But as the Trade Unionist and Socialist Coalition (TUSC - see pages 12 and 13) conference last weekend made clear, Corbyn's victory now means there is no excuse left. The Observer distorted our position when it said "some left wing groups are calling for Labour to refuse to set budgets". As TUSC chair Dave Nellist explained in reply:
"In the last couple of years we have worked with councillors in Southampton, Hull and Leicester to present legally-compliant no-cuts budgets to their councils. Based on the use of reserves and borrowing powers, those budgets were designed to buy time for councils to organise a broad public campaign for the restoration of their funding."
We think that potentially very many more councillors could now be emboldened to make this stand. Such a revolt could spearhead a national fightback. But where councillors insist on cuts, TUSC is ready to electorally challenge.
The Socialist Party will do all we can to reach out to all those people joining Labour, to help them fight the war being waged against Corbyn by the majority of the parliamentary Labour Party, councillors and party machine. It is necessary to demand the restoration of democracy in the party and the mandatory re-selection of MPs.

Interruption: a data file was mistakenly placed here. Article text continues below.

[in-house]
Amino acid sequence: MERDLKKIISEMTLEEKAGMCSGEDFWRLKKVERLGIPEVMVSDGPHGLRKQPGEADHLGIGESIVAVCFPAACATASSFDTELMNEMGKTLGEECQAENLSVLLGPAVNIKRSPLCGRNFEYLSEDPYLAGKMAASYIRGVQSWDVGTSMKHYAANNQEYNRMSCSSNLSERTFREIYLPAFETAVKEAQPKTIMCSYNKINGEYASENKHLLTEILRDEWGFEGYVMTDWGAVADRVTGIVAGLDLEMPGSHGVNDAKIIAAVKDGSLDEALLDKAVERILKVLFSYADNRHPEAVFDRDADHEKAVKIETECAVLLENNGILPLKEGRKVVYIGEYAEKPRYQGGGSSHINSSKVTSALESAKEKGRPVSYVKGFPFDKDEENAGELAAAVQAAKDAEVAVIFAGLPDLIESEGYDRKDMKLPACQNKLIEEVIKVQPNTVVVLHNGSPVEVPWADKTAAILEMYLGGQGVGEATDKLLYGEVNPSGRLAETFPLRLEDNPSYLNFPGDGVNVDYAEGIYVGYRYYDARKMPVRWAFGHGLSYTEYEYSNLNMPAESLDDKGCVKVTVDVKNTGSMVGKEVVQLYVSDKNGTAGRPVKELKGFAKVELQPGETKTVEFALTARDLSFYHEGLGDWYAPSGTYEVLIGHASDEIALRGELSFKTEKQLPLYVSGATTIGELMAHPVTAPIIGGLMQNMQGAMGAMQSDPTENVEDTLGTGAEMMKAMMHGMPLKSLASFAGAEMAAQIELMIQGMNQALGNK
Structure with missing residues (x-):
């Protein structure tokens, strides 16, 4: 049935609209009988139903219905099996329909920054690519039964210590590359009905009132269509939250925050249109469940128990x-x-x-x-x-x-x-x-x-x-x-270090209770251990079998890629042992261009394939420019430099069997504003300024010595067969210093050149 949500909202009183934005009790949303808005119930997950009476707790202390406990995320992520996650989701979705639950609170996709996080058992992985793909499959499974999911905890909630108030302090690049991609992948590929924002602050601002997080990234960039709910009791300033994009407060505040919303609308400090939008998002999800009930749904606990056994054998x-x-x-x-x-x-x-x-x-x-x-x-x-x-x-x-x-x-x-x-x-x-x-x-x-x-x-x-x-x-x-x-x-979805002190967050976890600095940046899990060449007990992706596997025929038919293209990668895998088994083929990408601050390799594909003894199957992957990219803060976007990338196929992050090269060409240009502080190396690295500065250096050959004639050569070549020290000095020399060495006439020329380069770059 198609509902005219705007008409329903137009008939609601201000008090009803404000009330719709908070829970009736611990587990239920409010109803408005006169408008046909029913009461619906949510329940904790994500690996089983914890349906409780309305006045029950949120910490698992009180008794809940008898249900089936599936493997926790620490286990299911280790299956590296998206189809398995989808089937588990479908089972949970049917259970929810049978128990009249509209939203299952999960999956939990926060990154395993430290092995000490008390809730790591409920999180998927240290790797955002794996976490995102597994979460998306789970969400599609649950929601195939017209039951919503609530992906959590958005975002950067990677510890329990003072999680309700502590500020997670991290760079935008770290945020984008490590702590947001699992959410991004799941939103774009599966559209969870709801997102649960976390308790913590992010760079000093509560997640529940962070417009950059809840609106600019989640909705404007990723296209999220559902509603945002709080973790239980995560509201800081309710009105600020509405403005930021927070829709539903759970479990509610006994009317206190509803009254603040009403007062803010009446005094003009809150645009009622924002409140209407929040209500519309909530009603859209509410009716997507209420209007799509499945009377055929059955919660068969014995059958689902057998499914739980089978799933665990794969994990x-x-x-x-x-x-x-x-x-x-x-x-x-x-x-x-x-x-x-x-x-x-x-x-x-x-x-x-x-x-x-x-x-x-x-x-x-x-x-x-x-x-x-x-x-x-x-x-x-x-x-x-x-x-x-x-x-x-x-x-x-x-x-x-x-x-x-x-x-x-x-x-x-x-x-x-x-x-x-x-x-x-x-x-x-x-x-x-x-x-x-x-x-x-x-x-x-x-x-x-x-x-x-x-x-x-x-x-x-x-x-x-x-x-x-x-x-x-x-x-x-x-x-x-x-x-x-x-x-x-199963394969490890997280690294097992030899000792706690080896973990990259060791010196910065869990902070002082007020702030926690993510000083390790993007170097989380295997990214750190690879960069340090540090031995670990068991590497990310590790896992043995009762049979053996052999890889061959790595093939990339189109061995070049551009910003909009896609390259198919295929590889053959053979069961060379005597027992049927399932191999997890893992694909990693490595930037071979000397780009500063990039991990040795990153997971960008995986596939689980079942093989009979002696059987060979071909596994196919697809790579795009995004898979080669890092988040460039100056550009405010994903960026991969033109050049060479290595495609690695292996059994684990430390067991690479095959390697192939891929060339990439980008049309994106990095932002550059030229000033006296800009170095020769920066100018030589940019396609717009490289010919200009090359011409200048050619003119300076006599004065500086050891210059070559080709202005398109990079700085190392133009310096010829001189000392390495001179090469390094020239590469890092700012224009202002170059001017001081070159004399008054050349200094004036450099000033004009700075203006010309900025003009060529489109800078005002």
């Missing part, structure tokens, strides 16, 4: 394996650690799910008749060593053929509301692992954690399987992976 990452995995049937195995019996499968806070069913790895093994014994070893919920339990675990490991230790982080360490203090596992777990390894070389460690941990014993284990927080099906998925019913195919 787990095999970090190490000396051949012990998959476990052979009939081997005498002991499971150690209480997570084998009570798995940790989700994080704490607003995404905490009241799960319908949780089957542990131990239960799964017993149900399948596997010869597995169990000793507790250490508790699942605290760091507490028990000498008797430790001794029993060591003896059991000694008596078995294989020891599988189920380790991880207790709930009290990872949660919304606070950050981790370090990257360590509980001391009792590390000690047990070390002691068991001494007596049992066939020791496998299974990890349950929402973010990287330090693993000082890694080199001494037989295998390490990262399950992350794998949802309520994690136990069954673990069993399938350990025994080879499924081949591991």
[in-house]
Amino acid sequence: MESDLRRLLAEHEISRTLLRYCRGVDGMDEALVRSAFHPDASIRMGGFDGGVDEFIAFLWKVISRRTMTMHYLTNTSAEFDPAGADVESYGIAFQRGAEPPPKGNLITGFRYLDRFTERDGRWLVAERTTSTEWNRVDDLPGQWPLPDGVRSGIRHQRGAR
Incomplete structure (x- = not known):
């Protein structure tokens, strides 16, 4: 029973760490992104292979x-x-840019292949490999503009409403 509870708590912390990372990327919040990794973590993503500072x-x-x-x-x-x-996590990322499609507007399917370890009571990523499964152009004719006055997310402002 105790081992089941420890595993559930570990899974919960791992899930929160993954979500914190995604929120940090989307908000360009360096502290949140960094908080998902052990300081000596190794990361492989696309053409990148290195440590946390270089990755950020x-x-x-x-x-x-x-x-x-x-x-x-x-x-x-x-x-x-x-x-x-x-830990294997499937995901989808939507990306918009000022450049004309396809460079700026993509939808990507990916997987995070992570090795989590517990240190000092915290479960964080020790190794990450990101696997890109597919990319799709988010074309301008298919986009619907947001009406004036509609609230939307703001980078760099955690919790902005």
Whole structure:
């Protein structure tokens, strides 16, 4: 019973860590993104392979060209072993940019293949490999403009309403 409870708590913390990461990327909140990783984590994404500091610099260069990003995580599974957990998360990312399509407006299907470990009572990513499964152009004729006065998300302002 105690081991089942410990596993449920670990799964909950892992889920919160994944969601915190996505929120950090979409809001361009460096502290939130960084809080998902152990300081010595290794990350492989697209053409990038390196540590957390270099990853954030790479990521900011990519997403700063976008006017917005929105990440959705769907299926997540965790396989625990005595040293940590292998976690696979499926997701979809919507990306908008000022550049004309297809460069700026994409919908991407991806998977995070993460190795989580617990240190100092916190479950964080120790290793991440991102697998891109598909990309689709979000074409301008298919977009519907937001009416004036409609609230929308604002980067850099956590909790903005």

Out of this fluid process is the makings of a new working class political voice, whether that be from the Labour Party if the pro-austerity, pro-market right wing are defeated, or in a new formation outside.
It is urgent that all the Corbynistas, the trade unions that supported Corbyn, and the thousands of socialists and fighters outside the Labour Party, are brought together now to organise that fight.
An essential element to building that movement and alternative to the Tories is a political programme - Corbyn's programme and beyond. The utter inability of capitalism to provide a decent life for the majority, and instead to force the working class to pay for a crisis we did not cause, is leading to a searching for something better. The experience of Syriza in power in Greece, however, shows that it is not enough to declare an anti-austerity position, without the programme to see it through.
Austerity is not an accident, it is the policy of crisis-ridden capitalism, a system based on the profits of the few extracted through the exploitation of the majority. To combat it, it is necessary to challenge the system head-on: democratically nationalise the banks and the top companies in order to plan the use of that vast wealth for the benefit of the billions, not the billionaires.
People will test ideas and test again, but will come to realise that they need anti-austerity in deeds as well as words, that they need independent working class organisation, and a socialist alternative.
In The Socialist 30 September 2015: